Lives of the fellows

Cyril Geoffrey Arthur Thomas

b.28 August 1924 d.17 January 2012
BA Oxon(1945) BM BCh(1948) MRCP(1952) MRCPath(1963) FRCPath(1970) FRCP(1987)

Cyril Geoffrey Arthur Thomas was a consultant microbiologist in Norwich. Born in Clapham, south London, his was a medical family. Both his father, Cyril James Thomas, and his mother, Dorothy Spencer née Chamberlain, were doctors. He was the eldest son and, while he was growing up, the family lived in houses attached to the various mental hospitals at which his father was a psychiatrist – namely Lancaster, Whittington, Wakefield and Knowle. Educated at Wakefield and Portsmouth Grammar Schools, he also attended Charterhouse School as a wartime evacuee.

Enrolling at Balliol College, Oxford in 1942 to study medicine, he made the most of his time there. Many fellow students only attended for a short time before enlisting in the services. He was a friend of Tom Bourdillon, the mountaineer who was part of Sir Edmund Hillary’s successful Everest expedition, and together they climbed the Oxford roofs. Another exploit was to take a four man crew in an Oxford punt down a tunnel that runs under the centre of Oxford called the Carfax drain. In 1945 he won the Theodore William scholarship in pathology and also obtained a university entrance scholarship to St Thomas’ Hospital. Qualifying in 1948, he did house jobs at St Thomas’ for two years before joining the RAF medical branch to do his National Service.

Demobilised in 1952, he returned to St Thomas’ as a lecturer in chemical pathology for a year and then moved to lecuring in bacteriology. Awarded the Dr John Radcliffe travelling fellowship by University College, Oxford, he spent a year at the University of Rochester, New York, USA from 1954 to 1955, studying tissue culture as a postdoctoral fellow in bacteriology. On his return, he joined the staff of Guy’s Hospital Medical School at a lecturer in bacteriology.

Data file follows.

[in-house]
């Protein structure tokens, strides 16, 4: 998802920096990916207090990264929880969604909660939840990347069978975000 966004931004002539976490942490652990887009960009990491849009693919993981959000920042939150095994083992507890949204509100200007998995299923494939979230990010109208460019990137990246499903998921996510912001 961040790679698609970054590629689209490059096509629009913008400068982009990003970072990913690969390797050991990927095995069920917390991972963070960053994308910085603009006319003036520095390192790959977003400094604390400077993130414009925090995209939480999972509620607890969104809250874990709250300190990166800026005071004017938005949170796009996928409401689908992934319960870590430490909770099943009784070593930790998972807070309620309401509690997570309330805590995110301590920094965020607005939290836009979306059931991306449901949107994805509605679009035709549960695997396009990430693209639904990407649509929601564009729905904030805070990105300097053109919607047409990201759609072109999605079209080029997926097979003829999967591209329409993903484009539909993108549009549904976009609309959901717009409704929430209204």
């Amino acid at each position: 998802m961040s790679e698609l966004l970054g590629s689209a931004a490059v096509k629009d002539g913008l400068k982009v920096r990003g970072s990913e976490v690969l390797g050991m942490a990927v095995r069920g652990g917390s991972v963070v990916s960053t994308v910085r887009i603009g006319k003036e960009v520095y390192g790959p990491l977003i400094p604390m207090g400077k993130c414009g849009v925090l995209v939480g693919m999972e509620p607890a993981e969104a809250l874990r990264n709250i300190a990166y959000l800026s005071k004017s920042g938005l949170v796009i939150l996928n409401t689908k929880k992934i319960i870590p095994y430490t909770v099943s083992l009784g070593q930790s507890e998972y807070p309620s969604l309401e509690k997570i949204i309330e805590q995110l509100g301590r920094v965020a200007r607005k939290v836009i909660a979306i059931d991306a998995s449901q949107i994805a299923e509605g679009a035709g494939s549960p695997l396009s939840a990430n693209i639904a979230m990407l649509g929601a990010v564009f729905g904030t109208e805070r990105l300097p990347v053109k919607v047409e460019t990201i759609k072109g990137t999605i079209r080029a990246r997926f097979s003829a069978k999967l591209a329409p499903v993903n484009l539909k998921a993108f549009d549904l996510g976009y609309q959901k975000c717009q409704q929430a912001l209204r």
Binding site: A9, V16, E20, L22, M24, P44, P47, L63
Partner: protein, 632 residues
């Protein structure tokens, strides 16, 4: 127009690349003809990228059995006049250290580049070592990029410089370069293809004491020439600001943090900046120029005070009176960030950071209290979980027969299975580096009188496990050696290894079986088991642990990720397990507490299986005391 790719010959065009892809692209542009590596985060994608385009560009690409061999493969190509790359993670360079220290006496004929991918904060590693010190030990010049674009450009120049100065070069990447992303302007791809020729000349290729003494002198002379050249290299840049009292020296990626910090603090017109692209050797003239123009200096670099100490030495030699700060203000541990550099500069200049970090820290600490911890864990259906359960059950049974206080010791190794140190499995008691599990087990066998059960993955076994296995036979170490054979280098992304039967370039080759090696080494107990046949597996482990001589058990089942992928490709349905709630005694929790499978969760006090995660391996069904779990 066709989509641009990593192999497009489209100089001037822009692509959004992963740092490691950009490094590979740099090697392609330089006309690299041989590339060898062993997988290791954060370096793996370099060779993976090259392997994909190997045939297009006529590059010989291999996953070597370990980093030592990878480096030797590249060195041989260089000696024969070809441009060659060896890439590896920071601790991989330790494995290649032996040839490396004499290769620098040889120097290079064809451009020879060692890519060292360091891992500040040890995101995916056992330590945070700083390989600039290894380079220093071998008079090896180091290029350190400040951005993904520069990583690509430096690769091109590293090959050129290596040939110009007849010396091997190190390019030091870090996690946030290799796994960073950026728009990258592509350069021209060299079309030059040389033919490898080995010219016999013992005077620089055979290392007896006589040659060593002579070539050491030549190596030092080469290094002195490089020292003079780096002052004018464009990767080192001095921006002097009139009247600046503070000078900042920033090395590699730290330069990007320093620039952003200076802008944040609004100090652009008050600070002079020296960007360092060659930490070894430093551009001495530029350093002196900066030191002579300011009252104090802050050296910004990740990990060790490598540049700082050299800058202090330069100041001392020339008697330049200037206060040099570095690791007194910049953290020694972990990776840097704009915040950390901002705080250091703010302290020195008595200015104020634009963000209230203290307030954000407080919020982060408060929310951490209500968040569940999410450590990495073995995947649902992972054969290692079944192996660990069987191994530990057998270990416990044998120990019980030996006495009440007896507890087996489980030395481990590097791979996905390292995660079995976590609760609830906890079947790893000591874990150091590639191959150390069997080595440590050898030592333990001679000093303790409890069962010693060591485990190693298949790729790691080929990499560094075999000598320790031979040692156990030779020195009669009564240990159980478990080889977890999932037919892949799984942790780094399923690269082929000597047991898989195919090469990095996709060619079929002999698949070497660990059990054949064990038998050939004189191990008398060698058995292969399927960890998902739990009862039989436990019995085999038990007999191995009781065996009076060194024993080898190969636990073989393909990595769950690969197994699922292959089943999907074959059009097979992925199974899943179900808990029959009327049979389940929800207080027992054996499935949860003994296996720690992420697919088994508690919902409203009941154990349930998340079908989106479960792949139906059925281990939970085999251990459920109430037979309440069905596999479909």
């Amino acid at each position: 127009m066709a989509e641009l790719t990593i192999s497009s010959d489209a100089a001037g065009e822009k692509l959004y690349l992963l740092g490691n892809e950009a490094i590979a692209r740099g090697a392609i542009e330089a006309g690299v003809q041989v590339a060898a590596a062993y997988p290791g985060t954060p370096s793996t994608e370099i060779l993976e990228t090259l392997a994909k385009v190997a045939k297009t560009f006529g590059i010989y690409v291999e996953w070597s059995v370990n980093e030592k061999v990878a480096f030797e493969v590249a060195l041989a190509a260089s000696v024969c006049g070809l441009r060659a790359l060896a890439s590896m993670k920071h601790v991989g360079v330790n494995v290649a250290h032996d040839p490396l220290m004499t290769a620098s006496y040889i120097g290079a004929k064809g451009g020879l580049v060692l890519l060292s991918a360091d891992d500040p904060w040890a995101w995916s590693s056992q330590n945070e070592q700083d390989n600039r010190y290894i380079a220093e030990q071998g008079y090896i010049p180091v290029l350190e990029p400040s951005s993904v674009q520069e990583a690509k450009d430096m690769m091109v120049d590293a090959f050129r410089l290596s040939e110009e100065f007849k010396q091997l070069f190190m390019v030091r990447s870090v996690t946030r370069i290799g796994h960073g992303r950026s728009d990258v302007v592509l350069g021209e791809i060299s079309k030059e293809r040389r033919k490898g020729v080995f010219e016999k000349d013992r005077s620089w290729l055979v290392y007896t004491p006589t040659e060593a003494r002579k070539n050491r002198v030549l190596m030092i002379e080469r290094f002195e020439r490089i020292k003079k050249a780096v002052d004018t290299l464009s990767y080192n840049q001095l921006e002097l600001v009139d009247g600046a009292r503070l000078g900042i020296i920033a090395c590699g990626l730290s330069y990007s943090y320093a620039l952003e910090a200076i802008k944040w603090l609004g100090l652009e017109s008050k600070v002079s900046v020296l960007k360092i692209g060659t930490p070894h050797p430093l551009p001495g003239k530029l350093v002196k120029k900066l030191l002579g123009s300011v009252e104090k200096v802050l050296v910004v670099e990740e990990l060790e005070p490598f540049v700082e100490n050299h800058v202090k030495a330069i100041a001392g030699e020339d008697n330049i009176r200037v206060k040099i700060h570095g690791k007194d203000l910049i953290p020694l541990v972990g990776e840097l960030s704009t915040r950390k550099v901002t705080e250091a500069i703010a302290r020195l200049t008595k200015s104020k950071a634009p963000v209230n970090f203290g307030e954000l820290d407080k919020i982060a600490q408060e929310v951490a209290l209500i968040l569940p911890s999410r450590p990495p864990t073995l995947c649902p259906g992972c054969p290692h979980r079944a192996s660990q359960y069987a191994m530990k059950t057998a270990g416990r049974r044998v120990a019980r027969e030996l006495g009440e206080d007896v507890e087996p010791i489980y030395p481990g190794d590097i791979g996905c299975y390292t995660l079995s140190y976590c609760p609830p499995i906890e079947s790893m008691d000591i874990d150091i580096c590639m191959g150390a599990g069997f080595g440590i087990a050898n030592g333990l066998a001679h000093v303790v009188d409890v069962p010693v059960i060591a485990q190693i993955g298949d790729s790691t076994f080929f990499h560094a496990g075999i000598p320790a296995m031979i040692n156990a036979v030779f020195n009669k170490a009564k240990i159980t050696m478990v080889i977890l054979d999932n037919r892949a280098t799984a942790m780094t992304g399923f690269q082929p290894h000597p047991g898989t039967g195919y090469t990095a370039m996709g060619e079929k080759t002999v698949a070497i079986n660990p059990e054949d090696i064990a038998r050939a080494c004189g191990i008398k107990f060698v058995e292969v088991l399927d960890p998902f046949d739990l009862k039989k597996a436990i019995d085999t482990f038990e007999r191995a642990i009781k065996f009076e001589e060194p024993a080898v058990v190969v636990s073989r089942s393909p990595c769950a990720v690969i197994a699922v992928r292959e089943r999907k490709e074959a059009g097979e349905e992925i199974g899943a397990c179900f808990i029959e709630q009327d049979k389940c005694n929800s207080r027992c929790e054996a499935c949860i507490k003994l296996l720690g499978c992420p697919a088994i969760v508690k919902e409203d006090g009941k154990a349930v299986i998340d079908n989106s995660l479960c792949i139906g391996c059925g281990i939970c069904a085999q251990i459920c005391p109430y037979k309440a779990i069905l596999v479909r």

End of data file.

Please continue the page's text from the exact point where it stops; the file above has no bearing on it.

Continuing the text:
In 1958 he became senior lecturer in clinical pathology at Guy’s and three years later, in 1961, was appointed the first consultant microbiologist to the Norwich District Health Authority. Also, in 1974, he was made honorary consultant microbiologist to the Public Health Laboratory Service. He became well known in the area as he toured the numerous hospitals and nursing homes in the region checking the hygiene in their operating theatres, kitchens and laundries. His cars always bore the distinct number plate PUO 1 – standing for ‘pyrexia of unknown origin’. It was claimed that at the Norfolk and Norwich Hospital he allowed the theatre sister to keep a cat in the operating theatres. The animal was, reputedly, an excellent mouser (and mice had been discovered in the recovery rooms) but one of the surgeons, a stickler for hygiene, was only informed of the creature’s presence after he had retired. He also turned a blind eye to the swallows that flew in and out of the clerestory windows in the kitchens of Kelling Hospital, justifying their presence near food preparation on the grounds that they caught the midges.

A member of numerous committees, he was also chairman of the hospital’s consultant staff committee in 1983 and president of the Norwich Medico-Chirurgical Society in 1986. He was remembered for having initiated a prize for any technician who spotted a rare or unusual condition such as amoebic abscess which usually occurred in developing countries. It was found to be relatively common in the area due to the return of members of the Norfolk Regiment who had been captured by the Japanese to work on the Burma Railway.

The editor of the bacteriology section of an important scientific journal, he first published the textbook Bacteriology (London, Bailliere, Tindall and Cox) in 1964. Renamed Medical microbiology it became extremely popular with medical students and by the 6th edition, which was issued in 1988, it had sold over 100,000 copies.

After retiring in 1988, he was able to devote himself to three main enthusiasms: medical education, train travel and his pet tortoises.

In 1949 he married Barbara Elizabeth née Porritt of East Leake, near Loughborough. His best man, Oliver Smithies, was a fellow student who subsequently shared the Nobel prize for medicine in 2007 for his work on DNA. Barbara (whom he always called ‘Porritt’) was an anaesthetist and they had three children. When he died from cardiovascular disease, she survived him, together with their son William, daughter Amanda, and four grandchildren. Their daughter Elizabeth predeceased him.

RCP editor

[BMJ 2012 344 1423 www.bmj.com/content/344/bmj.e1423 - accessed 6 October 2015]

(Volume XII, page web)

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